Market? That is my question. I am open. I am thinking probably start out local or craft shows. Perhaps Etsy. I am looking for ideas for what sells. I do not plan on setting up an internet business.

Skills? Intermediate. 18th century reproductions are beyond my skill set. But I like to think of my woodworking skills as capable.

Materials? My shop is fairly well equipped – TS, 14” BS, 6” jointer, lunchbox planer, router table, mini lathe, wide variety of hand planes, etc. I have access to buy from many saw mills in my area with Pennsylvania woods. I don’t particularly like working the ultra-hard exotics.

View terrilynne's profile


836 posts in 2858 days

#4 posted 10-05-2010 04:40 PM


-- Terri, Rocky Mountain High Colorado!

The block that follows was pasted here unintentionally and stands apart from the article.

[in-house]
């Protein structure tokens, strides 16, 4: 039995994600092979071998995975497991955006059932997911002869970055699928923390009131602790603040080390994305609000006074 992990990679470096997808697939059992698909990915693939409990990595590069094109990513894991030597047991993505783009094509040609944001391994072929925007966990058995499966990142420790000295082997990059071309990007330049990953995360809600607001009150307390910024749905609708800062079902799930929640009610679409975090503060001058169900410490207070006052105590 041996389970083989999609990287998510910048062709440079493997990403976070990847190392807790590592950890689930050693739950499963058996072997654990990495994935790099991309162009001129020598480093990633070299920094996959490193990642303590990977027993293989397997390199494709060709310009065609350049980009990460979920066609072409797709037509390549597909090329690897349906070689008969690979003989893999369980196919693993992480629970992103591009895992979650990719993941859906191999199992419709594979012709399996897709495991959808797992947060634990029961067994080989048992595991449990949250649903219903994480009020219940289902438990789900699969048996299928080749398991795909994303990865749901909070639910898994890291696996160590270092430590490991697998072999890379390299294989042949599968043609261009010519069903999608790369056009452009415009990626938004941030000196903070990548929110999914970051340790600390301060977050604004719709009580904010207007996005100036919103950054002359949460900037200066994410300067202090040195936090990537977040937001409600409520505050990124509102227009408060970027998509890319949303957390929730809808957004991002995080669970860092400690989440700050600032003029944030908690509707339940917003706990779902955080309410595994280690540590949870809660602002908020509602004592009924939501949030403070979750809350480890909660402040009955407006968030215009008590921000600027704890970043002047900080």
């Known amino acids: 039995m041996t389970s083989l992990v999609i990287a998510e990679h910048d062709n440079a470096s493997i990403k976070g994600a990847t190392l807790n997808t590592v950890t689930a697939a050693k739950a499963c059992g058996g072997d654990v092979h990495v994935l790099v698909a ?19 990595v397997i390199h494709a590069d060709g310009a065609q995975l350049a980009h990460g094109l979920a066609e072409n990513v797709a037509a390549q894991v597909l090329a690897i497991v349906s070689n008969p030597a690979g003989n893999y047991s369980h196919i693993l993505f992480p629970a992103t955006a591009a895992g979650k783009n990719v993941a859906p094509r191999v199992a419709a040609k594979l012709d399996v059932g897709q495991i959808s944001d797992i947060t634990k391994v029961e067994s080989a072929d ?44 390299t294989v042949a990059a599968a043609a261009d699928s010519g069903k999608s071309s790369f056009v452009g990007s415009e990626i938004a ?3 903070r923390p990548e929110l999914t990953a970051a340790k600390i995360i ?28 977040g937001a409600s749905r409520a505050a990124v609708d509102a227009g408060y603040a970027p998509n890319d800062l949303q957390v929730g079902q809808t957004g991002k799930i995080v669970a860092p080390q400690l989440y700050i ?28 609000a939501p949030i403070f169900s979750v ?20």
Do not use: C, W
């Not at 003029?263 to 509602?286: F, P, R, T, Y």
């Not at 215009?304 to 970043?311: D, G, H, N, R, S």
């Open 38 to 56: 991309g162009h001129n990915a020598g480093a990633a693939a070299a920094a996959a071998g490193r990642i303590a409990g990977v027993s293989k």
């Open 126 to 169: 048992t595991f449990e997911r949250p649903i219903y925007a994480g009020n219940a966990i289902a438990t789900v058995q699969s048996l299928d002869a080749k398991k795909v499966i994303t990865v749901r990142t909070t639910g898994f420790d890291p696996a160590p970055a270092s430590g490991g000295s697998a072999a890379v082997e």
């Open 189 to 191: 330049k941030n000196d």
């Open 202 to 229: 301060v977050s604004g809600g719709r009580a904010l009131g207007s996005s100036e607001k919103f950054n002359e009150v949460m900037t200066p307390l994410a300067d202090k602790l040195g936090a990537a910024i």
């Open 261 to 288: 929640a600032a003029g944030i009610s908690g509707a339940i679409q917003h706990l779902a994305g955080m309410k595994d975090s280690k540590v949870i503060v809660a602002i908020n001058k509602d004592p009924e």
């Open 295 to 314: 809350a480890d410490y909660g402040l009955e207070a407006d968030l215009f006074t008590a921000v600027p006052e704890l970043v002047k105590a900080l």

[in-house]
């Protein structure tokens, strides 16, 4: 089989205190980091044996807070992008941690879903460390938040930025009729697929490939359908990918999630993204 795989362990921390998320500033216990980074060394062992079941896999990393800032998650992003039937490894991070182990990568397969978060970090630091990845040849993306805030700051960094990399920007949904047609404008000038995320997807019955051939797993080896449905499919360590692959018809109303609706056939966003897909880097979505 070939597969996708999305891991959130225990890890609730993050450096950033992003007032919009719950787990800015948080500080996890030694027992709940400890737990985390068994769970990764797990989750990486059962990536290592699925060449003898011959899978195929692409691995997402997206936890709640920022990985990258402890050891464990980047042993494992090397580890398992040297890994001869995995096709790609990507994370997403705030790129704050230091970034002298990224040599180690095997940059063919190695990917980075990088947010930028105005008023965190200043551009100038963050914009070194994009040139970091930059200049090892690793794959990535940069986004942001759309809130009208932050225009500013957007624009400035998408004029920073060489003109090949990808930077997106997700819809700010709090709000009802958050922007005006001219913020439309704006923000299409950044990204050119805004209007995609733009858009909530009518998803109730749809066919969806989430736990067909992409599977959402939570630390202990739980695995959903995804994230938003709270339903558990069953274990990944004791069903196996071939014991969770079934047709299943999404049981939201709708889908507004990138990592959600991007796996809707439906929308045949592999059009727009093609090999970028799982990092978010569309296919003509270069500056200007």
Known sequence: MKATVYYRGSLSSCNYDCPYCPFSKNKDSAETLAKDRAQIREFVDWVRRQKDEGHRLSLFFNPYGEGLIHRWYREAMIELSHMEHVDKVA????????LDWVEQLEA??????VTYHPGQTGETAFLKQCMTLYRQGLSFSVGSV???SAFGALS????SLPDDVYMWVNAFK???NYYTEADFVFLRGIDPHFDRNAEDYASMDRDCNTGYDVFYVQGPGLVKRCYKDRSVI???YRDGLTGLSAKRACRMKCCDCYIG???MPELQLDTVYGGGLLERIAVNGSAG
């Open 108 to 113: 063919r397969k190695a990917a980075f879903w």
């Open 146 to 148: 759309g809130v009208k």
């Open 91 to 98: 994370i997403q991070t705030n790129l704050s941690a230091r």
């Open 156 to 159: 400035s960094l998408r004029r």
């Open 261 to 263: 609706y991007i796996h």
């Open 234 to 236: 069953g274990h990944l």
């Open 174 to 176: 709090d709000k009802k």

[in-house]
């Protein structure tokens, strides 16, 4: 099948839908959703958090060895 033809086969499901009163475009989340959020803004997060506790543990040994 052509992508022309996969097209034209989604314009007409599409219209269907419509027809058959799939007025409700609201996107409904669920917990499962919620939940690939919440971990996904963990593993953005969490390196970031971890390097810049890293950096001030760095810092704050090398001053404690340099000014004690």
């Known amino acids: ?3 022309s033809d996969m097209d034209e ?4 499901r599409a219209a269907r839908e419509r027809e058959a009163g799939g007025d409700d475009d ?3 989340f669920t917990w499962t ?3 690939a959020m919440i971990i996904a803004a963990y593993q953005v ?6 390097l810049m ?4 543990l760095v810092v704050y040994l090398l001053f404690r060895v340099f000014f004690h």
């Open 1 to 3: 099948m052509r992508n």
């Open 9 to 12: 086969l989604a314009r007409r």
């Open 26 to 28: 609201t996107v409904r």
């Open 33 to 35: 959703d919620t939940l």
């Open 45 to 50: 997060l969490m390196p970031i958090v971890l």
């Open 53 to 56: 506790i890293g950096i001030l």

View MrsN's profile


985 posts in 3490 days

#5 posted 10-05-2010 07:39 PM

If you want to do craft shows you will likely have to spend money to make money. You would need to build up inventory, get display materials (tables, tents, table cloths, racks and shelvs…)and pay vendor fees (just off the top of my head) After your first show you may still be in the red.
Etsy is cheaper up front, but to make sales you have to promote your site. Spend lots of time on their forums, do some of the facebook/twitter stuff. If you have some time it works for some people.
I would not over look word of mouth. Tell everyone you know that you make stuff, show pictures or have stuff around, and tell them you are looking to start selling the things you make. since you are not trying to get an income out of your woodworking, a sale or two a month would help boost the shop budget.

View bent's profile


311 posts in 3633 days

#6 posted 10-06-2010 05:03 AM